Ukrainian soldiers are skeptical that Western sanctions will deter Russian troops

On the front lines in eastern Ukraine, militant soldiers are skeptical that US sanctions against Moscow and Kiev’s appeal for NATO help will deter Russian strongman Vladimir Putin. Facing the largest deployment of Russian troops on Ukraine’s borders since 2014, President Volodymyr Zelensky has called for more concrete help from the West, but many Ukrainian troops say they know they are alone.

“We should only count on ourselves,” Taras Mykytsey, a 52-year-old soldier, told AFP on the Zaytseve front line north of the Donetsk separatist stronghold.

The separatists, who have carved out two “People’s Republics” in eastern Ukraine, are supported by Russia.

“While we wait for something to be sent to us, Putin will not wait,” Mykytsey added with a helmet and a bulletproof vest.

Yuriy, a 29-year-old senior sergeant based near the town of Shchastya in the neighboring Lugansk region, made a similar note, saying he did not expect western boots on the ground any time soon.

“Which foreign country would like to send its people to their death?” he said.

Yuriy, who refused to give his last name, added that the Russian president would not tense up.

“Sanctions and negotiations can, of course, restrict Russia a little bit, but in general, for Putin, these negotiations are like throwing sand in the wind,” he said.

US President Joe Biden has promised his “unwavering support” for Zelensky, and Washington this week hit Moscow with new sanctions due to US election intervention and other hostile activity.

Following talks in Paris on Friday with French President Emmanuel Macron and German Chancellor Angela Merkel, the Ukrainian leader demanded a four-way summit with Putin and the resumption of a ceasefire exacerbated by a new war of clashes between Kiev troops and separatists.

‘Ready for all scenarios’

Under a gray spring sky, birdsong can be heard in the front line, but the calm spell can not hide a nail in tension and near daily clashes.

About 30 Ukrainian troops have been killed since the beginning of the year, compared to 50 last year. Most of them were victims of sniper fire.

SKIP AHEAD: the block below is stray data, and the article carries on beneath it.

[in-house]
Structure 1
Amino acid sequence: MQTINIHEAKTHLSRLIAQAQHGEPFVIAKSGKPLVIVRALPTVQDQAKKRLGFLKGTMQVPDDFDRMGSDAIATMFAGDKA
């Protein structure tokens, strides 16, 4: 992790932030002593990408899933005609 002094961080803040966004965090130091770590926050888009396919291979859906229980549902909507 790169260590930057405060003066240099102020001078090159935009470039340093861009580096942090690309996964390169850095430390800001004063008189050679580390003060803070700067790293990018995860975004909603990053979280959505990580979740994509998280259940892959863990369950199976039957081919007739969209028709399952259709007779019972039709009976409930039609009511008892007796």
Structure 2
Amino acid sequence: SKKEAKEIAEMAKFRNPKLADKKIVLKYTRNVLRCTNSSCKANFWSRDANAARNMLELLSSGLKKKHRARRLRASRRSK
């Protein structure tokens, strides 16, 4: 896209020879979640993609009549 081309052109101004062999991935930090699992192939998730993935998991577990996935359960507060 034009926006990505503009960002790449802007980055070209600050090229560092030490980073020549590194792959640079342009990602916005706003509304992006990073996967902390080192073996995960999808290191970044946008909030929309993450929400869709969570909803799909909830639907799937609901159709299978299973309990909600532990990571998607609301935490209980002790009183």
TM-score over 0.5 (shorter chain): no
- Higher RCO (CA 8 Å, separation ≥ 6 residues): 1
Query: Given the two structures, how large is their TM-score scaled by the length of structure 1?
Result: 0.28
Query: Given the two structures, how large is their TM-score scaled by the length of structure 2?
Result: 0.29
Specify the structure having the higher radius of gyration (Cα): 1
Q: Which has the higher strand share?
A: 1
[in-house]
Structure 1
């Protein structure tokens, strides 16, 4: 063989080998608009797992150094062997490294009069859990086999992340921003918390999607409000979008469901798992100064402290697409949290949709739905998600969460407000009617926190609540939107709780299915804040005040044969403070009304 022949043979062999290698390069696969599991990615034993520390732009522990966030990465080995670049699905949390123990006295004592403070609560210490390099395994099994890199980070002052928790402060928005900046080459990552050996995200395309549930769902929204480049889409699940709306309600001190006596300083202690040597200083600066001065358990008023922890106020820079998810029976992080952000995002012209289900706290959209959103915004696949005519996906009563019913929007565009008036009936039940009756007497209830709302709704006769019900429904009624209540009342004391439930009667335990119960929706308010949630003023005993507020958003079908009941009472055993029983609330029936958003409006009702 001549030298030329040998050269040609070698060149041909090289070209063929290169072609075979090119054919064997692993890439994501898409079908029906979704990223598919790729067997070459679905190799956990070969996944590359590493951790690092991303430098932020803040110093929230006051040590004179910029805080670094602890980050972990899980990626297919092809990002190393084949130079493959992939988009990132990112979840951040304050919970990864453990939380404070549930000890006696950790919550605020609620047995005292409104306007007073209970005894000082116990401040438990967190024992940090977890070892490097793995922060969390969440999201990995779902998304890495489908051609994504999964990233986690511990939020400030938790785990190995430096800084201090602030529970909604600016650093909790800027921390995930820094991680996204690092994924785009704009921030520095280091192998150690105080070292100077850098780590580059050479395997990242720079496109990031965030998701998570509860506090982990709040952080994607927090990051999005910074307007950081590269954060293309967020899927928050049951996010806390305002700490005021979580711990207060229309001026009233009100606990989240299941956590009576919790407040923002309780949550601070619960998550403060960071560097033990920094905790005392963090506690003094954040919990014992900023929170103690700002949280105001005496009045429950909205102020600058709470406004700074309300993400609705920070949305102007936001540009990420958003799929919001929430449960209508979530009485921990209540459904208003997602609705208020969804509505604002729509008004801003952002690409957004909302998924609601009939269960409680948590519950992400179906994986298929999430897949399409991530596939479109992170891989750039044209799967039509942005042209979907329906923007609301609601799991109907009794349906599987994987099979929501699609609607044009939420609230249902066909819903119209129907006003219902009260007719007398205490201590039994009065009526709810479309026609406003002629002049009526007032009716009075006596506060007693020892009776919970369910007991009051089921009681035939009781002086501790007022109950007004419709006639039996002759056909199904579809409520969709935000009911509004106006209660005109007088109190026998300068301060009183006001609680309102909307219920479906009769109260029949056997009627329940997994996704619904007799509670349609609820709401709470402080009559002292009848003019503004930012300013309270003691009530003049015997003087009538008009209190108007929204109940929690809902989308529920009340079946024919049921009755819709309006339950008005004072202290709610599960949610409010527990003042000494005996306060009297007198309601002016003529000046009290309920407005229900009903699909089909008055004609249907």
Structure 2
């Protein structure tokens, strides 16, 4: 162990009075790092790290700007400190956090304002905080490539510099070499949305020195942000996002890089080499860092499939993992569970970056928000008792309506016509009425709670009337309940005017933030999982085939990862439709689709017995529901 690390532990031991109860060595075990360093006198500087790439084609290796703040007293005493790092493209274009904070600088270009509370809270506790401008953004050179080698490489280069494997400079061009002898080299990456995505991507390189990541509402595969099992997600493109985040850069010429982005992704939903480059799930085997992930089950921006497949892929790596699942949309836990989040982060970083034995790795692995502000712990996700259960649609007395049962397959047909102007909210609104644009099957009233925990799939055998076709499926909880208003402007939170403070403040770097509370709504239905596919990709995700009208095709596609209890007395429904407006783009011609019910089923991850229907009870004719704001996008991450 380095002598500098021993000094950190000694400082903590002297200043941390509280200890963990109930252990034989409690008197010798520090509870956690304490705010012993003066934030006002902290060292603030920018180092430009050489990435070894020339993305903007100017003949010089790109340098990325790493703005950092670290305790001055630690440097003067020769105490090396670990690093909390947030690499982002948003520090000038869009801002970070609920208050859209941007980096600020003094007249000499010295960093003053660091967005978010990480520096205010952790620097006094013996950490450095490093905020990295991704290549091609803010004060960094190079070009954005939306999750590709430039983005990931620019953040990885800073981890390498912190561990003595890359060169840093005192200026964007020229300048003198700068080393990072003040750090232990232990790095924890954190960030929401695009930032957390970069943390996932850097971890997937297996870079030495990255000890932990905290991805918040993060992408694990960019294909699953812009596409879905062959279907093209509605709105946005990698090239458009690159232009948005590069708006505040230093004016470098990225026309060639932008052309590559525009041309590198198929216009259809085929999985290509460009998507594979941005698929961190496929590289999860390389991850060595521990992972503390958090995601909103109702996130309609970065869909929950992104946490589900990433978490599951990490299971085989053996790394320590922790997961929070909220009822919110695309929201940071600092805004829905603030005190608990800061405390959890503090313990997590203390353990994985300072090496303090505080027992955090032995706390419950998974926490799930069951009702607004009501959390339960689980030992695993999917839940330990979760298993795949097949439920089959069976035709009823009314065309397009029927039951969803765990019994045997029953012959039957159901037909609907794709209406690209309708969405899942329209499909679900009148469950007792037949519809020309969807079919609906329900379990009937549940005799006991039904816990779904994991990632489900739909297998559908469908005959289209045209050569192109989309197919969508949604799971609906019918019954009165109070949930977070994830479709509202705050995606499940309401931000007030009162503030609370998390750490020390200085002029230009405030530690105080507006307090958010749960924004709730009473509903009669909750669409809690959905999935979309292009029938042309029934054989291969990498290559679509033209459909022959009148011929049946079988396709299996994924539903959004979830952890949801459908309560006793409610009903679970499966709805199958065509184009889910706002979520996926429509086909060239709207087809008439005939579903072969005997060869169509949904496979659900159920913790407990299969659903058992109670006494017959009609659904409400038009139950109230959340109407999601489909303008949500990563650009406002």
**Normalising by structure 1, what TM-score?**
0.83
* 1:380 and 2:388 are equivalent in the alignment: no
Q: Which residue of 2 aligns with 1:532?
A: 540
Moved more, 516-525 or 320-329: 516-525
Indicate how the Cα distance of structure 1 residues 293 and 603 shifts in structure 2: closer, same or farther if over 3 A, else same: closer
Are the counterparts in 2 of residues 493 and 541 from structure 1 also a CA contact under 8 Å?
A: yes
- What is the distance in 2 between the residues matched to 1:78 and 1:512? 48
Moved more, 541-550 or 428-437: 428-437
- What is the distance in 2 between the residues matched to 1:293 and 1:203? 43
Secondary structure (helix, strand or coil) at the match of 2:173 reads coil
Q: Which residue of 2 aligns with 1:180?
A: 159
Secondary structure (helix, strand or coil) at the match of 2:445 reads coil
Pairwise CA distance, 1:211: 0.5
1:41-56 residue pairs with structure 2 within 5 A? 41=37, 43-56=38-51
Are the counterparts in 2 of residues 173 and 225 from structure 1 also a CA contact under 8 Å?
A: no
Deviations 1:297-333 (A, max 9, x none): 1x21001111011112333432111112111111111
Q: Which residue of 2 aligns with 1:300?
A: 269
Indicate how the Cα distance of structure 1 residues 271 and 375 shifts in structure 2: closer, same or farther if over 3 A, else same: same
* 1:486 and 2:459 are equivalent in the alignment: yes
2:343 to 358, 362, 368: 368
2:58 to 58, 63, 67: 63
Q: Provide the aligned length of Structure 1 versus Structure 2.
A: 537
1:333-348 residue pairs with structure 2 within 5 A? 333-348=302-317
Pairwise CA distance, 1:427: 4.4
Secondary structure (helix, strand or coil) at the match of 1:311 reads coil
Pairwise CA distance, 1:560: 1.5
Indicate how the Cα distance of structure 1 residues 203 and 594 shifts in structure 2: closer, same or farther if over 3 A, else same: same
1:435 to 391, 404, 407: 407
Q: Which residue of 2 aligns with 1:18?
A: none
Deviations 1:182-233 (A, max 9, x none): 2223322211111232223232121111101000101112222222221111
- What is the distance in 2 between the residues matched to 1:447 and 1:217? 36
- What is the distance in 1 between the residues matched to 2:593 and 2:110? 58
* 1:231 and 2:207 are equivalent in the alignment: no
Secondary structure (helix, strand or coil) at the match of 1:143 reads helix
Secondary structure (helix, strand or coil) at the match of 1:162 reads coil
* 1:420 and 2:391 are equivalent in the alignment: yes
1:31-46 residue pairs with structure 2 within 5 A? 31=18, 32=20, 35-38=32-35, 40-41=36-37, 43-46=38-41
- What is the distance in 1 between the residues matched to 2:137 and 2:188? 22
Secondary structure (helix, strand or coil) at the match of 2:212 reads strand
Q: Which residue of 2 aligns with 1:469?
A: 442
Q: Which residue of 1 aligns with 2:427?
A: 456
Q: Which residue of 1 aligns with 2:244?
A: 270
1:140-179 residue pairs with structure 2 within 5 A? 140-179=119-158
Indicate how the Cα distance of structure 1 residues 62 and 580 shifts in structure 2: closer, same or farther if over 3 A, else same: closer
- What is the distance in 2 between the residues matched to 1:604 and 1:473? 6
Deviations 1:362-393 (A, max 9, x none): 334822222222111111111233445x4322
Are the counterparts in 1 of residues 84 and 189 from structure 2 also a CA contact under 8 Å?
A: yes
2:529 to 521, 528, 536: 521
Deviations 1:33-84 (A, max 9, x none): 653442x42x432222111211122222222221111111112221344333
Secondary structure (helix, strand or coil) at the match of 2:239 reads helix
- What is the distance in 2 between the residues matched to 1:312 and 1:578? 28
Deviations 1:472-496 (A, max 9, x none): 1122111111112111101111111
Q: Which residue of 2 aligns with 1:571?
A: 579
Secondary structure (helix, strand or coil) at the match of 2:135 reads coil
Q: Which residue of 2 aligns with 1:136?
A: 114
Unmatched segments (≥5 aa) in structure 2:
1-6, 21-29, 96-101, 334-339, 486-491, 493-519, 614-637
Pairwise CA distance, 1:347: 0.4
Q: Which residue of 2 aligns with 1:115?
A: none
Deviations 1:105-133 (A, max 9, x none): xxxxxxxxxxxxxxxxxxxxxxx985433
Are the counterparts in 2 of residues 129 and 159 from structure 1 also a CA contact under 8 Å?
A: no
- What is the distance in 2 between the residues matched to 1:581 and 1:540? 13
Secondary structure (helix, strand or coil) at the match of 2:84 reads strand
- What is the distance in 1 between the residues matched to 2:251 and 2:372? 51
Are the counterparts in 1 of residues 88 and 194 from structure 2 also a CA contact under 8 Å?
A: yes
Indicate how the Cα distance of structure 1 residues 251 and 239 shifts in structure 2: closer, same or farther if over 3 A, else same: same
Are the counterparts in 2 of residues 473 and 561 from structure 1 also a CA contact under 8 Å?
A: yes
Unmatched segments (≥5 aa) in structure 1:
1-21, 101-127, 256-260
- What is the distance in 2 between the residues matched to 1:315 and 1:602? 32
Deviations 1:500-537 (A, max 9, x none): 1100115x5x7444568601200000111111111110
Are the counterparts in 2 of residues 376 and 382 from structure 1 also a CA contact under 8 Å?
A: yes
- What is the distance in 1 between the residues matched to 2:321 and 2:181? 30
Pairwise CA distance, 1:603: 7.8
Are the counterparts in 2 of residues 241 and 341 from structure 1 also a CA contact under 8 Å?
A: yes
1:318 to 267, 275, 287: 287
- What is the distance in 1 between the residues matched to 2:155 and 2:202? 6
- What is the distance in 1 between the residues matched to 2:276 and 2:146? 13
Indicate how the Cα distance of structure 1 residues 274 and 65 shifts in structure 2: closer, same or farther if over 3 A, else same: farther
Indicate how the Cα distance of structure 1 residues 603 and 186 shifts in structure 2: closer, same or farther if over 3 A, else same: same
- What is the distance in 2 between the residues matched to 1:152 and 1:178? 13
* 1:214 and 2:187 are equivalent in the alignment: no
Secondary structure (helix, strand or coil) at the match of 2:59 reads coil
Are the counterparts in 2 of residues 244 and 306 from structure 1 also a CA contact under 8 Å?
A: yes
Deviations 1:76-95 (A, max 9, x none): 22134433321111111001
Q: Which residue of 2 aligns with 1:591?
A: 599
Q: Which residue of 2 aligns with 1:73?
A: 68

This week “one soldier was killed and two others from our battalion were wounded” in an explosion, said 43-year-old Yuriy, speaking to AFP in the trench near Zaytseve.

Yuriy, who also refused to give his last name, said the explosion was caused by a Russian-made landmine.

The Ukrainian military accuses Moscow of trying to provoke a situation that would justify an armed operation.

“The enemy’s task is to cause as many casualties as possible and cause a return fire,” Viktor Ganushchak, deputy commander of Ukraine’s military operation in the east, told AFP in the city of Avdiivka, about six kilometers north of Donetsk. .

Russia has denied sending weapons and troops across the border, saying its troop movements do not pose a threat to anyone.

More than 13,000 people have been killed in a conflict that erupted after a popular uprising in Kiev fired a Kremlin-backed president and Moscow moved to annex Crimea in 2014.

Some Ukrainian soldiers were hard pressed to explain the Russian muscle display, while others dismissed it as merely a Sabbath.

“If it were an assault, it would be made quieter without so much hassle,” said Yuriy, senior sergeant.

Mykytsey said Russia’s plans were anyone’s guess.

“Are they preparing for an attack or are these military exercises?” he said.

“Our job is to prevent them from going any further. We have people and there are enough weapons.”

For the past seven years, Ukraine has revised its army thanks to Western aid, and Kiev’s war-hardened soldiers say they are ready for a repeat of Moscow’s aggression in 2014.

“We are ready for all scenarios,” Ganushchak said. “This is our country, we will defend it.”